You’re driving your Ford Fiesta on a twisty back road.
Except the road is made of dirt. And it’s raining. And you’re going 20 mph over the speed limit. The engine is whining quite loudly. Your nice, efficient Fiesta somehow lost its air conditioning and instead has a roll cage with bucket seats.
You’ve suddenly donned a helmet and racing overalls and you don’t remember how. Your passenger is rapidly shouting seemingly nonsensical phrases such as, “Six right over crest 30, easy three left, 40 long right.”
What in the world is going on? One word: rallying.
Rallying is a form of motorsport that consists of driving heavily modified road cars, typically hatchbacks, along narrow public roads. These roads are typically made of dirt, asphalt, snow or even sand. They’re often lined with thick forests, right next to cliffs or even through small countryside villages.
The goal of a rally event is to drive the car as fast as possible across multiple timed stages, with each race location featuring close to 20. In essence, it’s a super insane time trial through all conditions, including rain, fog, snow and even racing in the pitch black. The winner of a rally event is the driver with the fastest combined time across all stages.
How does the driver navigate such difficult courses? That’s where the co-driver comes in. They sit in the passenger seat with a very important notebook called “pace notes.” It’s essentially a step-by-step guide on each stage that contains the degree of every turn, height of every jump and the proper gear their driver should be in. While it reads like a foreign language to non-rally enthusiasts, the information conveyed is vital to get the car over the finish line in one piece.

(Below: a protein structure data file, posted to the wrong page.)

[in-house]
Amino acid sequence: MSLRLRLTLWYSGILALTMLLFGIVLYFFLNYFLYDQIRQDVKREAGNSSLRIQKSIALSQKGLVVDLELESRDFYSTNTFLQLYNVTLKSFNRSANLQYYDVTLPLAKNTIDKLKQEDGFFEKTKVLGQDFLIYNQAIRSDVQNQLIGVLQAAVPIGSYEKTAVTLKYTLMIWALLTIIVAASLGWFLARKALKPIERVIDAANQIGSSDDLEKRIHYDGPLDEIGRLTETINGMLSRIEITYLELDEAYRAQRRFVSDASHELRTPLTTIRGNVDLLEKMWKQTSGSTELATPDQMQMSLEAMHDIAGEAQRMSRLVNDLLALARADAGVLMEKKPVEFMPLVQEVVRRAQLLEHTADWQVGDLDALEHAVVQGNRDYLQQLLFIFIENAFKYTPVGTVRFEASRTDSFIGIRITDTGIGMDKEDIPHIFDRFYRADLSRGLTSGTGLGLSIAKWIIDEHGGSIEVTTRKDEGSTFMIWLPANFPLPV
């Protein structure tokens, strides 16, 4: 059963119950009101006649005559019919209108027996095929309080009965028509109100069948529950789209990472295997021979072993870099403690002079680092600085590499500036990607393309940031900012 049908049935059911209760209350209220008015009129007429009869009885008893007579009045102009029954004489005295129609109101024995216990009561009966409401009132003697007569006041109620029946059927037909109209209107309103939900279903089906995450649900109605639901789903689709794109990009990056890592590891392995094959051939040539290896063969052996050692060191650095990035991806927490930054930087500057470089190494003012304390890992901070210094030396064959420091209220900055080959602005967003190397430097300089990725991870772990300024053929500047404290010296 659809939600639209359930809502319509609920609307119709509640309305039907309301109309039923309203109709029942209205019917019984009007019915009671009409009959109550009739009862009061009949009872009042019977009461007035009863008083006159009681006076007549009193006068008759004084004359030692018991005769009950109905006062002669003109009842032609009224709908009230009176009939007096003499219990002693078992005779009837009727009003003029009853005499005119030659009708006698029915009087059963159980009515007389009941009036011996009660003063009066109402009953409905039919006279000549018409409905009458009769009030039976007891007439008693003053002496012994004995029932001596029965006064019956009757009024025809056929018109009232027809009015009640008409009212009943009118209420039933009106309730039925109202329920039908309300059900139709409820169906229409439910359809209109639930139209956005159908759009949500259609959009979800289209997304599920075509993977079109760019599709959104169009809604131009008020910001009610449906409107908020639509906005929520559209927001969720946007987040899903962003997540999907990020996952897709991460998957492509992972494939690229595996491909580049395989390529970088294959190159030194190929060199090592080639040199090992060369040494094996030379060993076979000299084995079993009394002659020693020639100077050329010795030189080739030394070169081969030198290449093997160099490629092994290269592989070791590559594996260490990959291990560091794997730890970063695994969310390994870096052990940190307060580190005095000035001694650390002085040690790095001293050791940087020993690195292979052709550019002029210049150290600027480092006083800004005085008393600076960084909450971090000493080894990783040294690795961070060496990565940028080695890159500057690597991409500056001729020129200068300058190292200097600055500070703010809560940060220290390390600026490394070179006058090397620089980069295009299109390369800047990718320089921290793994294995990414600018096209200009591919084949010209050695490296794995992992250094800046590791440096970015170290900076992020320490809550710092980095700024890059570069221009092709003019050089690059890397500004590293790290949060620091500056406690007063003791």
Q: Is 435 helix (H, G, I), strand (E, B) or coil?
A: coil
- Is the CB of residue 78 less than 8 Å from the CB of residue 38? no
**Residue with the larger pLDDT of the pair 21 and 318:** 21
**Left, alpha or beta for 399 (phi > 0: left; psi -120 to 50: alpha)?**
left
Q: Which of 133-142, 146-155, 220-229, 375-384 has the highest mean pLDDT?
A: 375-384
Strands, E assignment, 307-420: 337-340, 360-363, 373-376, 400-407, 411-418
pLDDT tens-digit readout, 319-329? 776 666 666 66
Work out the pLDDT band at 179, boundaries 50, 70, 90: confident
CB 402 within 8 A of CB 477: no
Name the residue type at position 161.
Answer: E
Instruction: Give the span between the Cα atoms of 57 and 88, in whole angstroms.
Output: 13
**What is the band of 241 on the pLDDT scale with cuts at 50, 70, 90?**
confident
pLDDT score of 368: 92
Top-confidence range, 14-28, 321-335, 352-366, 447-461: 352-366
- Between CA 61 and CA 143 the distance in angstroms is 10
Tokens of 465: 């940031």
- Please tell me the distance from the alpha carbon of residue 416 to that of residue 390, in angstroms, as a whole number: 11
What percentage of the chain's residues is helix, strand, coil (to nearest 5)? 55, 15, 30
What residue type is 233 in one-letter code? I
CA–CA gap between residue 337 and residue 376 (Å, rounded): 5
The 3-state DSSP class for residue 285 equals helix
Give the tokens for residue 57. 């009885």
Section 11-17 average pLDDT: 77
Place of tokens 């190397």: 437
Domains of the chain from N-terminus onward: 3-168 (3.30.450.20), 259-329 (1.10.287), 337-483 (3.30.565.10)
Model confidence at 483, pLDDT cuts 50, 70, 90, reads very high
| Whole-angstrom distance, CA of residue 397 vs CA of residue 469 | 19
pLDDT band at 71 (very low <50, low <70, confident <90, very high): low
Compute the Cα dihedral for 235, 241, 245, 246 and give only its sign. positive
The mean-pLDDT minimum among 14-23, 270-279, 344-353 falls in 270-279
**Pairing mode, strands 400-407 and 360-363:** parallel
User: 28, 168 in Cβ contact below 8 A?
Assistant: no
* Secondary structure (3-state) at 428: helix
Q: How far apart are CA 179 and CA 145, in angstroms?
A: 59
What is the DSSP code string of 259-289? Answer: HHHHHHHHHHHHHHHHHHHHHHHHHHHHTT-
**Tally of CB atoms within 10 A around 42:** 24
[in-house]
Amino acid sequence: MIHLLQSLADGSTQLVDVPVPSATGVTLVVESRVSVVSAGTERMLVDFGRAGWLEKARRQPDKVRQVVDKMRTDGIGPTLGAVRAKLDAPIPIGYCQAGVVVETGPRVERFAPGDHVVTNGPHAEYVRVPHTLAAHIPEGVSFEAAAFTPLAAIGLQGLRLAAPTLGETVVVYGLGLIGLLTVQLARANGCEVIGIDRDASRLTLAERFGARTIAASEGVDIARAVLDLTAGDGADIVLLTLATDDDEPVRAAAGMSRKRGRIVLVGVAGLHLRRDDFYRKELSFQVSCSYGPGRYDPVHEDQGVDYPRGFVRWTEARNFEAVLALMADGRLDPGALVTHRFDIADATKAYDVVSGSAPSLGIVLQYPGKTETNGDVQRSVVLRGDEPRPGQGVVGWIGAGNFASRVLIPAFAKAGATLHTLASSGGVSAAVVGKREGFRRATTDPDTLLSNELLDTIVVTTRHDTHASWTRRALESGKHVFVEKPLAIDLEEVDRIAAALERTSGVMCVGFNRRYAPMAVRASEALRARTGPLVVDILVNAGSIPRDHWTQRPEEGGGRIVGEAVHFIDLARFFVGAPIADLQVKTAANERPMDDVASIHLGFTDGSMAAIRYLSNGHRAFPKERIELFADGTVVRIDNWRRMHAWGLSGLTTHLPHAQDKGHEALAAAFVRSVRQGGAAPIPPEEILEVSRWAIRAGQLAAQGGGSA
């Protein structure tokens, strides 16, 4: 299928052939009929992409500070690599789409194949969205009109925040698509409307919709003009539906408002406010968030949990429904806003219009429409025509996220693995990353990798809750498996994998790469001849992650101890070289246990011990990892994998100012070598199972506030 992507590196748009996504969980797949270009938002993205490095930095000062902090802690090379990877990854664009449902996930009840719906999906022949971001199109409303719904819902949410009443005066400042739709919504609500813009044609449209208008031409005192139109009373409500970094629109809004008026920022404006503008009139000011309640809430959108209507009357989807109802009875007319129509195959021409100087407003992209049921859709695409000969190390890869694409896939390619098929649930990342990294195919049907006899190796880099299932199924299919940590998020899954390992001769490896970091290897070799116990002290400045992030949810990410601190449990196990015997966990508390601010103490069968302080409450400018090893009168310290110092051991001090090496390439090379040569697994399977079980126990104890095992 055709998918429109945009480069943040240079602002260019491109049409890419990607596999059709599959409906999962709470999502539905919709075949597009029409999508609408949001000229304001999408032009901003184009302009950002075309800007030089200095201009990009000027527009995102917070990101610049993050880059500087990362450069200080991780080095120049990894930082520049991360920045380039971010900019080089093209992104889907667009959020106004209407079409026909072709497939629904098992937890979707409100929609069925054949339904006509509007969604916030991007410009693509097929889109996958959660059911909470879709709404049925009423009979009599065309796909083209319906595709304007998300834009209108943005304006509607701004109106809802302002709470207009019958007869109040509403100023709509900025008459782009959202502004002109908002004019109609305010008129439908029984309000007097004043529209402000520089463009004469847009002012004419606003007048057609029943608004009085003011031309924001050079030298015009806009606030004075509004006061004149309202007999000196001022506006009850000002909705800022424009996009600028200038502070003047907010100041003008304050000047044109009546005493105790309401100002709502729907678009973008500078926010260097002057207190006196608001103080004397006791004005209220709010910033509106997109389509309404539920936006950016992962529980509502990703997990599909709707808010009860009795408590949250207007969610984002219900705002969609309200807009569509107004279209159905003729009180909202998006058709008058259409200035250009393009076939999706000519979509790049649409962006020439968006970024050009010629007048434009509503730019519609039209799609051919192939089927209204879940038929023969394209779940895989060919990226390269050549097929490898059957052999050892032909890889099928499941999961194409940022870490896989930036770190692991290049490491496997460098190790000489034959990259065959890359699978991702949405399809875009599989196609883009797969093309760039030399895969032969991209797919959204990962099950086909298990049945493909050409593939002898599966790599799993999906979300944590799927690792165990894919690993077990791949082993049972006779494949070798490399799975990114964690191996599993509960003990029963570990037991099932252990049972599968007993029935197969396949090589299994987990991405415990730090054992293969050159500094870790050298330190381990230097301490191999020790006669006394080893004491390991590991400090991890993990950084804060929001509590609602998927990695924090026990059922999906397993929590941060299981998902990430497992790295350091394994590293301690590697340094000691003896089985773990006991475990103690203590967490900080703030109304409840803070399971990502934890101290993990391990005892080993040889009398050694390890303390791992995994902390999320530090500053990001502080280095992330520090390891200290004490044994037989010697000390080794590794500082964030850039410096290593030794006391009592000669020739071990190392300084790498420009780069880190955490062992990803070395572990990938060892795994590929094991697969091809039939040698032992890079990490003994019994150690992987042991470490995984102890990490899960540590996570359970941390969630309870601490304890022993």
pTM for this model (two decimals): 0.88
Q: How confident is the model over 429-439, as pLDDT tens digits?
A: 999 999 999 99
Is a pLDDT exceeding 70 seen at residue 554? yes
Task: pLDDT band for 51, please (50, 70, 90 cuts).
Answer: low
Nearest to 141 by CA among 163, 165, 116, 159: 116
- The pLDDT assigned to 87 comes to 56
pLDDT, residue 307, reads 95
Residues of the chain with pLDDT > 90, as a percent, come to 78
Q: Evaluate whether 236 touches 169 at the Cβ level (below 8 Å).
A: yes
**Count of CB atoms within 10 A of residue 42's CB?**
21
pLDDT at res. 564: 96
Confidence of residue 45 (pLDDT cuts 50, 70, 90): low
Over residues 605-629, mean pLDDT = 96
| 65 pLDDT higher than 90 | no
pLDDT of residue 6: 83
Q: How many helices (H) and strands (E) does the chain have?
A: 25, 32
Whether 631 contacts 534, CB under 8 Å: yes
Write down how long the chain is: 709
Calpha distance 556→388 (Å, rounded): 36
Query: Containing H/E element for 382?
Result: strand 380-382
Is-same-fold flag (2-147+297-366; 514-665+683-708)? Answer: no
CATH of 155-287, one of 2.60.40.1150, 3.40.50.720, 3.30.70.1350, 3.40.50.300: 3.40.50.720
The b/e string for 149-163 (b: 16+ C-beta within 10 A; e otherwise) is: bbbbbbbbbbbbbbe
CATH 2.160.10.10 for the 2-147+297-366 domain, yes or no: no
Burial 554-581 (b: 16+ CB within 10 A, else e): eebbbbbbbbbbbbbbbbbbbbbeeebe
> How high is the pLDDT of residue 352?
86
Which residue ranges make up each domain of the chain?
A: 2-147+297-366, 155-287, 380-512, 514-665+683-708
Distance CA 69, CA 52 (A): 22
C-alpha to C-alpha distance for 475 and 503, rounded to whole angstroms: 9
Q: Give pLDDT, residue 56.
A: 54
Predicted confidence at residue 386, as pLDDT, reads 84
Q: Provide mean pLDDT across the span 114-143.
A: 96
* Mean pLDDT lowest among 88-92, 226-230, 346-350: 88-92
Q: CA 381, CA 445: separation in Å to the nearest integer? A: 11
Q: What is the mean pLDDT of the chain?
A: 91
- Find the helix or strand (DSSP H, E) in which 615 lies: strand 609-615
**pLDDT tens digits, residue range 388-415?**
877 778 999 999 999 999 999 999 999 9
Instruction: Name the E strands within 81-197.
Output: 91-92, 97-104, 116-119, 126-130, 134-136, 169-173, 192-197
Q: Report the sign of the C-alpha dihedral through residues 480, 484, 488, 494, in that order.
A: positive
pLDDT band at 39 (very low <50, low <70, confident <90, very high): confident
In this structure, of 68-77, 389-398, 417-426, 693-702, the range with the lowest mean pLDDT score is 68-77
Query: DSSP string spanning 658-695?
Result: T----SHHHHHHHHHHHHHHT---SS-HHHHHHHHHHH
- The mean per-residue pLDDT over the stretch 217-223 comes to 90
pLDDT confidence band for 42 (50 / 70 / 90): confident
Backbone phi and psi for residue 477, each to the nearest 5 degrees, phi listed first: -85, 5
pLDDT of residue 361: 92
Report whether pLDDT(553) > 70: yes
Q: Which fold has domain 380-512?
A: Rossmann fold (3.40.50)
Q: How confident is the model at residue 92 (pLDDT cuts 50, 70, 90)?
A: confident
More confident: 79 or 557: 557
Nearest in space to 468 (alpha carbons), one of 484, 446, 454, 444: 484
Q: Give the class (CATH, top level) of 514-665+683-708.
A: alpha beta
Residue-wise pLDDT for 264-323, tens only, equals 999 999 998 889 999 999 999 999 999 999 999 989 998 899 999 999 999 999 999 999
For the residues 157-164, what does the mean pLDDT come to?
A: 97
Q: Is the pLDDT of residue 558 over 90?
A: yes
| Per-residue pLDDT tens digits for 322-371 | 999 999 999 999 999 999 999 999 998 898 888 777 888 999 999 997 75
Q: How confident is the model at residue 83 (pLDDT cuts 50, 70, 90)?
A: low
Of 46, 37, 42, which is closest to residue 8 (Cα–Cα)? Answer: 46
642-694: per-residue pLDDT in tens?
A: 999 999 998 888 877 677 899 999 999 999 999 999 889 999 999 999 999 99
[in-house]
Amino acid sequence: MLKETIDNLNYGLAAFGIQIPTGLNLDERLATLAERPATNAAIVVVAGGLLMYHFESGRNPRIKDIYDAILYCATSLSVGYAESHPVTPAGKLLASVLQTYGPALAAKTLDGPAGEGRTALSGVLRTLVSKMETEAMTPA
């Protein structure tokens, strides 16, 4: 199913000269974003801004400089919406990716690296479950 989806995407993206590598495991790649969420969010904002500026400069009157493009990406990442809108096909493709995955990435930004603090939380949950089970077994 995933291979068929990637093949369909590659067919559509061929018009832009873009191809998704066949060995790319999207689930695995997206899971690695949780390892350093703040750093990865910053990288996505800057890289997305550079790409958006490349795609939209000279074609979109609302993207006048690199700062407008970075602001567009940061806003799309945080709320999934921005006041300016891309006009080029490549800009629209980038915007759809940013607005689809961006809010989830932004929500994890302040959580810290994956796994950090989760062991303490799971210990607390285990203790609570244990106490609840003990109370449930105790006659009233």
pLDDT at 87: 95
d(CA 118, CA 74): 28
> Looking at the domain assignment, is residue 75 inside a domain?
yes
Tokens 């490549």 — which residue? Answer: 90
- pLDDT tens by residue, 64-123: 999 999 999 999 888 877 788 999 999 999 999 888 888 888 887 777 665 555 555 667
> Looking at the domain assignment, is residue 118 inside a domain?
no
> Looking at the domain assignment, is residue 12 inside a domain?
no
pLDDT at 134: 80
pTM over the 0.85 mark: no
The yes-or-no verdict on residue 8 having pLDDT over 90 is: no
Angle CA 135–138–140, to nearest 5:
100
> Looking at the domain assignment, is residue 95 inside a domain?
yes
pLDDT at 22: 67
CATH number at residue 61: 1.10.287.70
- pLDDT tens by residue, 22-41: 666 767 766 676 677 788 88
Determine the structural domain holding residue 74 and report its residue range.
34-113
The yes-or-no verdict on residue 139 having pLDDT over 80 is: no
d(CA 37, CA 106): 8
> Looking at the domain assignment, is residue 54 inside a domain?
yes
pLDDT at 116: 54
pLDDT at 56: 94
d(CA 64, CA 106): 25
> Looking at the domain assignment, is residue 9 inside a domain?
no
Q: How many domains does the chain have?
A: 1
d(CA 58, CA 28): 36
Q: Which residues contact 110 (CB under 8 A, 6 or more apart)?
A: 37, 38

The co-driver must read these instructions loudly and a step or two ahead so the driver has enough time to process the information and prepare for what’s coming. Watch this crazy onboard footage and, despite getting sweaty palms, you’ll see how insanely skilled these athletes are.
The cars are subject to some of the most brutal conditions possible: constant acceleration, high jumps followed by hard landings and extremely bumpy terrain. In the event of a crash or a mechanical failure, the car can be limped (or towed) to the location’s service park, where a team’s mechanics can fix a car that’s essentially been totaled in under an hour. This includes repairing wheels bent 90 degrees, busted suspension components, shattered windshields, broken body panels and damaged engines.
Sometimes, even the driver and the co-driver have to fix their car themselves in the middle of a stage using a small set of tools.
The most popular rally organization in the world is the World Rally Championship. They race across the world (primarily Europe), often in Estonia, Italy, Mexico and Turkey. There are three “constructor teams” (teams directly associated with a car manufacturer) or ones that simply buy a rally car from a manufacturer but don’t represent them on the course.
Currently, the constructor teams, who happen to be the more dominant ones, are Hyundai, Ford and Toyota. Each of them have multiple pairs of drivers and co-drivers that compete against each other and those from other teams, just like my beloved Formula 1 (F1).
The great thing about rallying is that it’s a global sport. It can be done by anyone with a car and some mechanical know-how (plus nerves of steel). There are amateur rally events across the country where people drive anything from modified Fiat 500’s to Subaru WRX’s on insanely demanding courses.
While watching F1 cars roar around twists and turns or witnessing stock cars thunder around ovals may be exhilarating in their own right, seeing a driver thrash a compact car through narrow passages at blistering speeds is truly an astonishing feat of human and machine.